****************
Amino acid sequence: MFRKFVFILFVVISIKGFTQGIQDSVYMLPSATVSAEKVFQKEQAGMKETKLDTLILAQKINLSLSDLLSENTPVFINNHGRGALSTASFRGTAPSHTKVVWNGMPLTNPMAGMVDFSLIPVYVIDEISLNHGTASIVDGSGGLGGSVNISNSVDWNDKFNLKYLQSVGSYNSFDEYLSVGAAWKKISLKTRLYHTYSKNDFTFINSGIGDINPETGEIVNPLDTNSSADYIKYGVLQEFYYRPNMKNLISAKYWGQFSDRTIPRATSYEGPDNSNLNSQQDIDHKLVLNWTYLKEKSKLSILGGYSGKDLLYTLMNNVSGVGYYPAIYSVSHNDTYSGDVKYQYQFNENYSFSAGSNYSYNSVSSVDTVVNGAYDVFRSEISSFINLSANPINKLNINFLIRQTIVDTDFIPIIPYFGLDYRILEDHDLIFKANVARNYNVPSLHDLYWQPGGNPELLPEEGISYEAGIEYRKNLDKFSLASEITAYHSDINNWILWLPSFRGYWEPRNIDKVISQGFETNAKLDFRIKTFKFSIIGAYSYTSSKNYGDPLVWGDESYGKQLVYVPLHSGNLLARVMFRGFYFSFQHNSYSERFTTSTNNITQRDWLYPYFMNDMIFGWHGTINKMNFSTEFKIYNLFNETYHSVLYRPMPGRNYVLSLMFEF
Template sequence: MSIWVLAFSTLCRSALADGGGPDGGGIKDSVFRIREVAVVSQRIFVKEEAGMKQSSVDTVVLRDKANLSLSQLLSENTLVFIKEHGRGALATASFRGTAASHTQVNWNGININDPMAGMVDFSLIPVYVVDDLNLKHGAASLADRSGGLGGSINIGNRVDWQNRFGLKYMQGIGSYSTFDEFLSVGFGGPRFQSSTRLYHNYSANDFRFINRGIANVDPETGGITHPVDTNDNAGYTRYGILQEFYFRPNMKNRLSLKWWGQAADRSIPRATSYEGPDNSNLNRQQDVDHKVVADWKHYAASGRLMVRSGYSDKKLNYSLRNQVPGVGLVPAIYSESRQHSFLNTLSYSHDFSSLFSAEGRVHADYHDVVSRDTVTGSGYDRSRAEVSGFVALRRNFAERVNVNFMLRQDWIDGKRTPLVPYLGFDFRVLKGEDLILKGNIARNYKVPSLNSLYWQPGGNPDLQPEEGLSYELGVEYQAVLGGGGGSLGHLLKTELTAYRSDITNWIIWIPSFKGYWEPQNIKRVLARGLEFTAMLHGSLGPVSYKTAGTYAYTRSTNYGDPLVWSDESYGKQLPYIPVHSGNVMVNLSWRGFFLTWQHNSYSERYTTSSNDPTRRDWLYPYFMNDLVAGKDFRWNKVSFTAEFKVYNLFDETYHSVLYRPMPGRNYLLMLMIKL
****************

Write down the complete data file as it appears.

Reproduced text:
Amino acid sequence: MFRKFVFILFVVISIKGFTQGIQDSVYMLPSATVSAEKVFQKEQAGMKETKLDTLILAQKINLSLSDLLSENTPVFINNHGRGALSTASFRGTAPSHTKVVWNGMPLTNPMAGMVDFSLIPVYVIDEISLNHGTASIVDGSGGLGGSVNISNSVDWNDKFNLKYLQSVGSYNSFDEYLSVGAAWKKISLKTRLYHTYSKNDFTFINSGIGDINPETGEIVNPLDTNSSADYIKYGVLQEFYYRPNMKNLISAKYWGQFSDRTIPRATSYEGPDNSNLNSQQDIDHKLVLNWTYLKEKSKLSILGGYSGKDLLYTLMNNVSGVGYYPAIYSVSHNDTYSGDVKYQYQFNENYSFSAGSNYSYNSVSSVDTVVNGAYDVFRSEISSFINLSANPINKLNINFLIRQTIVDTDFIPIIPYFGLDYRILEDHDLIFKANVARNYNVPSLHDLYWQPGGNPELLPEEGISYEAGIEYRKNLDKFSLASEITAYHSDINNWILWLPSFRGYWEPRNIDKVISQGFETNAKLDFRIKTFKFSIIGAYSYTSSKNYGDPLVWGDESYGKQLVYVPLHSGNLLARVMFRGFYFSFQHNSYSERFTTSTNNITQRDWLYPYFMNDMIFGWHGTINKMNFSTEFKIYNLFNETYHSVLYRPMPGRNYVLSLMFEF
Template sequence: MSIWVLAFSTLCRSALADGGGPDGGGIKDSVFRIREVAVVSQRIFVKEEAGMKQSSVDTVVLRDKANLSLSQLLSENTLVFIKEHGRGALATASFRGTAASHTQVNWNGININDPMAGMVDFSLIPVYVVDDLNLKHGAASLADRSGGLGGSINIGNRVDWQNRFGLKYMQGIGSYSTFDEFLSVGFGGPRFQSSTRLYHNYSANDFRFINRGIANVDPETGGITHPVDTNDNAGYTRYGILQEFYFRPNMKNRLSLKWWGQAADRSIPRATSYEGPDNSNLNRQQDVDHKVVADWKHYAASGRLMVRSGYSDKKLNYSLRNQVPGVGLVPAIYSESRQHSFLNTLSYSHDFSSLFSAEGRVHADYHDVVSRDTVTGSGYDRSRAEVSGFVALRRNFAERVNVNFMLRQDWIDGKRTPLVPYLGFDFRVLKGEDLILKGNIARNYKVPSLNSLYWQPGGNPDLQPEEGLSYELGVEYQAVLGGGGGSLGHLLKTELTAYRSDITNWIIWIPSFKGYWEPQNIKRVLARGLEFTAMLHGSLGPVSYKTAGTYAYTRSTNYGDPLVWSDESYGKQLPYIPVHSGNVMVNLSWRGFFLTWQHNSYSERYTTSSNDPTRRDWLYPYFMNDLVAGKDFRWNKVSFTAEFKVYNLFDETYHSVLYRPMPGRNYLLMLMIKL